LOW BACK PAIN IN CRICKET FAST BOWLERS
Low back pain in fast bowlers is a common problem and can affect the junior athletes, recreational and professional athletes.
Low back pain in fast bowlers is typically described as a dull constant ache on one side of the low back. The pain is usually opposite to the bowling arm. Pain may radiate into the buttock and into the hamstring and will rarely involve pain below the knee or tingling into the feet.
Fast bowling involves large lumbar movement and rotation at great speeds. It is the repetitive nature in the extreme end range extension and rotation positions that causes great stress on the back, particularly through the bony pars of the lumbar vertebra.
A Cricket physiotherapist will be able to identify the source of your pain which in cricketers has been shown to develop from stress within the vertebral bones. This bony stress is the body’s response to exercise. If the spine is unable to recover and heal, it may go on to develop a stress fracture.
Stress fractures occur in skeletally immature adolescent athletes and athletes under the age of 25. The spine is the last part of the skeleton to mature leaving it susceptible to injury.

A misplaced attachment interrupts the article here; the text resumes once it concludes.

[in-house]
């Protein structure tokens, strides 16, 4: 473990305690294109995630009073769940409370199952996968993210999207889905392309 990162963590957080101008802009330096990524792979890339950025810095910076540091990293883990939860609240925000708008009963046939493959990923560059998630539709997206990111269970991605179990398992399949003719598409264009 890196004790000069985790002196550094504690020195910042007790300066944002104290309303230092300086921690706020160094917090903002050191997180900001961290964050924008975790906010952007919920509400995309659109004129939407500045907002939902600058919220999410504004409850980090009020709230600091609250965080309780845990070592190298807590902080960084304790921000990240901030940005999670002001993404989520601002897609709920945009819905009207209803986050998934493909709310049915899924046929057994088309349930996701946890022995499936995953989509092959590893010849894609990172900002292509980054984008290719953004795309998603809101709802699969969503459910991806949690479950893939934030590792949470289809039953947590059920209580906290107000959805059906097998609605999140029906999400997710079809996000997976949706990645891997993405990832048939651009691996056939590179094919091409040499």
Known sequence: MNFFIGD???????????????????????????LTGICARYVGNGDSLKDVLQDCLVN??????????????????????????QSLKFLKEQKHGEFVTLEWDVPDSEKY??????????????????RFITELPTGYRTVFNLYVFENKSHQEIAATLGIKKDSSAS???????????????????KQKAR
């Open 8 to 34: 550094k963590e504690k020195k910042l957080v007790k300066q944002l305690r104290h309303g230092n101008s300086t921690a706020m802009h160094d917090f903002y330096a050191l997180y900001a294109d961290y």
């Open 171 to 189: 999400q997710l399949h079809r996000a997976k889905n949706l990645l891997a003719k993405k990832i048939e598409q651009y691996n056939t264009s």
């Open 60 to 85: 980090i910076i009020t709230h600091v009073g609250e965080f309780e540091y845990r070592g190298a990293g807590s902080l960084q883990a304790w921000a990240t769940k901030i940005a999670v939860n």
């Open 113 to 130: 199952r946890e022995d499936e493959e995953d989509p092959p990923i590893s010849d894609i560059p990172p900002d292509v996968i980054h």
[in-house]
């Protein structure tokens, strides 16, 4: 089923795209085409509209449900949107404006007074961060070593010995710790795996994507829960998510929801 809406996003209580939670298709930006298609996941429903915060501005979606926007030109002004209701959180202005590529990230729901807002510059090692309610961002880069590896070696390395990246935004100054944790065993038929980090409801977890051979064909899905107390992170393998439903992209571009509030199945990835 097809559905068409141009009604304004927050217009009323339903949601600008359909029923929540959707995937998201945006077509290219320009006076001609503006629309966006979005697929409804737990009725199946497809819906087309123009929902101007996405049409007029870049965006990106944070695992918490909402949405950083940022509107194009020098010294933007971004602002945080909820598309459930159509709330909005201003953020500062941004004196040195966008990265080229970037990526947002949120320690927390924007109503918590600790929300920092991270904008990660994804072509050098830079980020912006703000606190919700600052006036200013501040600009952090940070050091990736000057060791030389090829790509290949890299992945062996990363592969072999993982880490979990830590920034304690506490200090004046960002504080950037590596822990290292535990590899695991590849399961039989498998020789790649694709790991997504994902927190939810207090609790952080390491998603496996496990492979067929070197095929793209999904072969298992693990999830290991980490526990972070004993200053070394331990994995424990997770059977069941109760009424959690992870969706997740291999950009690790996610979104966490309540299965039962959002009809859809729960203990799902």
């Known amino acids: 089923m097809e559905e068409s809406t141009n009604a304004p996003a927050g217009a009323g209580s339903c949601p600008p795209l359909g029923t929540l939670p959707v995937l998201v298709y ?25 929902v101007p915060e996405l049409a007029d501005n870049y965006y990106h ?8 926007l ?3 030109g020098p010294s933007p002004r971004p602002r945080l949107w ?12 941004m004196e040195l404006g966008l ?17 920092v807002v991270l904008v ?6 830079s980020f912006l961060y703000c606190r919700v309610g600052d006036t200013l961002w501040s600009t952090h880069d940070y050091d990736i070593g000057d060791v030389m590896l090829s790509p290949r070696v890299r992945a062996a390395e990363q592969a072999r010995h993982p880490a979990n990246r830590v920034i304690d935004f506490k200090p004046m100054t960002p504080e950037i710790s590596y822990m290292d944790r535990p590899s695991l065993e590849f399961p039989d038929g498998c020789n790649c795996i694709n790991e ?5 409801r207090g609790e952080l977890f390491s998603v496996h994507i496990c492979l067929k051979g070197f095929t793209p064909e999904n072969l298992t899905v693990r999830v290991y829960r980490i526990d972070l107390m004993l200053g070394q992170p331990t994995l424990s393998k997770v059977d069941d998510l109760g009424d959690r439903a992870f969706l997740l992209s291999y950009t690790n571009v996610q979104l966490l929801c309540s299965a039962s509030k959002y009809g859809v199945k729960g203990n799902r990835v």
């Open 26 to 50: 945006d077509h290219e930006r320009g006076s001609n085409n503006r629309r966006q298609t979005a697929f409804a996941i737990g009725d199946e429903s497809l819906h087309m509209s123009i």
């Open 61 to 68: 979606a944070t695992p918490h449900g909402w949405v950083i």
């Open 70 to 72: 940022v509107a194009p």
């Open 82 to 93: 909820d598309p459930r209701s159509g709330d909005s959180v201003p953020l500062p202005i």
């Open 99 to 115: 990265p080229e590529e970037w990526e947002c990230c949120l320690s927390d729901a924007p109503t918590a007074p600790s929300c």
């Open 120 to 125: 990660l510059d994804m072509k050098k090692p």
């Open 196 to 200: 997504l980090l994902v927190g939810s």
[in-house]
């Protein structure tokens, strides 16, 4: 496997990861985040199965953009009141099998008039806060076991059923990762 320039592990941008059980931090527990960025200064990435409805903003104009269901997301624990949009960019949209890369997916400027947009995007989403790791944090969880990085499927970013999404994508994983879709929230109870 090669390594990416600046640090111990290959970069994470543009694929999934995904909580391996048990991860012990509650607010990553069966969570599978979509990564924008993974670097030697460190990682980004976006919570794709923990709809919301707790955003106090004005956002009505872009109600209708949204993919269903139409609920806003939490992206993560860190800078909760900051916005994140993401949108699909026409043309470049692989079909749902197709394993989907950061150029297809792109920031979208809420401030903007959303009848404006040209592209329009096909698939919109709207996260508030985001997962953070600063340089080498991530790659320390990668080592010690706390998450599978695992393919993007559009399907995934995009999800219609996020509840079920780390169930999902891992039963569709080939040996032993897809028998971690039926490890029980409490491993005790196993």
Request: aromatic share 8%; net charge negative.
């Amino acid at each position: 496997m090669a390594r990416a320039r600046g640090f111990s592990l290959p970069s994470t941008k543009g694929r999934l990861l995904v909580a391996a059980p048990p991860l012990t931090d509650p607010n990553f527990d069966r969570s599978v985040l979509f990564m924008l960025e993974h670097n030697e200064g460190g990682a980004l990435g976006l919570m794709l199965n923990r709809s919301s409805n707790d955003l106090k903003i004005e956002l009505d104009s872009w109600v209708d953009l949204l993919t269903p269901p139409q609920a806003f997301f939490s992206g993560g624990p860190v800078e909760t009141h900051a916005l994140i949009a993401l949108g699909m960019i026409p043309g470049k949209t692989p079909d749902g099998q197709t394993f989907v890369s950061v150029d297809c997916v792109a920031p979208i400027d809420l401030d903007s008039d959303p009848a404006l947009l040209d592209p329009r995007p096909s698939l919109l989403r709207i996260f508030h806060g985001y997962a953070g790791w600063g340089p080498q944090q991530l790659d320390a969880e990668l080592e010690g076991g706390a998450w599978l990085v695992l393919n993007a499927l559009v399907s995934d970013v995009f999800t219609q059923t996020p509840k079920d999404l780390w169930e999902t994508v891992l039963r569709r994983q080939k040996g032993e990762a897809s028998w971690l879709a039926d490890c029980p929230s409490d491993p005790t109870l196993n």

A Cricket physiotherapist will complete a thorough lumbar spine assessment and biomechanical analysis. This will provide the basis of a personalised treatment plan. If fast bowling continues to be painful you may be advised to rest from bowling or reduce the total overs bowled in a week.
A Sports physiotherapist will ensure that you rest from the aggravating activities but provide appropriate alternative training to ensure that you maintain peak physical fitness. This will include a focus on a strengthening of core abdominal muscles, gluteal muscles, and targeting stretches of the hip flexors and hamstrings.
If a diagnosis of a stress response is made early and a treatment regime is implemented, the athlete will return to normal activity within a four to six-week period. If the athlete presents later and has developed a stress fracture, the time to return to sport is typically in the order of 12 weeks.
In order to have a pain free return to sport the athletes bowling technique may need to be changed to improve performance and reduce the risk of re injury. Technique wise fast bowlers use three different styles. Side on, front on or a mixed technique where the lower half of the body is front on and the upper half side on. It is the combined position of lower body front on an upper body side on that has the most issues and incidence of stress fractures.
The take home tip is to be proactive if in pain get your back assessed so you can enjoy your summer of cricket!
Craig Paulsen MSK and Sports Physiotherapist
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